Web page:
Despite having jumped into the water, re-entering the water I realized how chilly it actually was! Trying to aim for the first buoy and get out in front of the other racers was my primary focus though. I had a good line and made it to the first buoy in good time, but found myself on the inside of other racers (closer to the buoy). This made for a bit of a traffic jam, and after the turn, I felt like the rest of my swim wave was going off and leaving me. I tried not to think about the other racers too much though, and just worked on getting around the second buoy so I could aim back towards the beach.
I swam as long as I could until the water was only about an arm’s length deep as I approached the shore. I shot up onto my feet and hustled towards the transition area. My wet suit came off quickly, and I grabbed my cycling gear once I made it to my spot in the transition. Because this was only a sprint, I chose not to test (taking up valuable time) since I knew what my number was before the race and I knew what kind of food and insulin I had on-board.
I took a swig of Gatorade and ran out of the TA with my bike. Once I hit the mount line (after you cross this line you can get on your bicycle), I did a flying leap and took off pedaling. I had clipped my shoes onto the bike so I could
work on getting my feet into them while I was riding (trying to save time).
The bike course was mostly flat with a few little rolling hills. The first and last sections of pavement were a little bumpy, but no worse than Oklahoma roads, which I’m used to :-) I was able to attack pretty well throughout most of the course, and did my best to pick off as many people as I could. Since it was only a sprint distance, I could push myself a little closer to ”red line” for longer, so I spent much of the bike and run course teetering at this edge…my legs and my lungs were definitely “talking” to me by the end, but I was having such a good time I didn’t notice too much.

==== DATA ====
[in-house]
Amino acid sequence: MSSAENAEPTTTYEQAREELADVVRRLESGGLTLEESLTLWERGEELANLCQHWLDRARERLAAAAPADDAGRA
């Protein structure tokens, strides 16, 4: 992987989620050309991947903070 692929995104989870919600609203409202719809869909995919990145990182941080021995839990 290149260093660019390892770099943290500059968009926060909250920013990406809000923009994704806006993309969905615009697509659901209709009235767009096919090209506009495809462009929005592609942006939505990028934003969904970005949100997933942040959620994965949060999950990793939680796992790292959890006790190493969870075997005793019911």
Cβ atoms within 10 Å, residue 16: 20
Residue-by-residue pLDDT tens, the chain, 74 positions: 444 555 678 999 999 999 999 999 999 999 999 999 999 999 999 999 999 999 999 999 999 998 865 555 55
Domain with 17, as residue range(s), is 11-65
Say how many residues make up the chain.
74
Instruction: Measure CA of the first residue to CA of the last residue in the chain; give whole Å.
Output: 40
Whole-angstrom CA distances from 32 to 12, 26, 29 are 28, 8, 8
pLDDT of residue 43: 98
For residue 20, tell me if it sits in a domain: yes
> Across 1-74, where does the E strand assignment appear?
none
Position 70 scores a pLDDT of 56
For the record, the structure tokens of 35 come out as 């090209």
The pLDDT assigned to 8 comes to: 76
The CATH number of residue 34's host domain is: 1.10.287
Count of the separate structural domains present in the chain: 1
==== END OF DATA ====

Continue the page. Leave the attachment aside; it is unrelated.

I rounded the last corner of the bike course right along the ocean again (a very scenic and awesome race venue btw!) and pulled my feet out of my shoes. As I approached the dismount line, I jumped off and hit the ground running! I was the first biker on my rack to come back in—potentially a good sign for my position in my age group (since all of us are required to rack our gear next to each other).
I threw on my socks, shoes, and visor and was out the door again, this time for a 3.2 mile run! I tried to use the same tactic of looking for someone in front of me, and picking them off. Because I was one of the individuals at the front of the group though, there wasn’t much from which to choose. A couple of older guys in the 30-34 age group passed by me, so I tried my best to pick up my pace and hang on their heels. This worked a little bit, but they were definitely much stronger runners than I was, so I eventually was dropped. I passed the halfway point and knew I was entering the home stretch!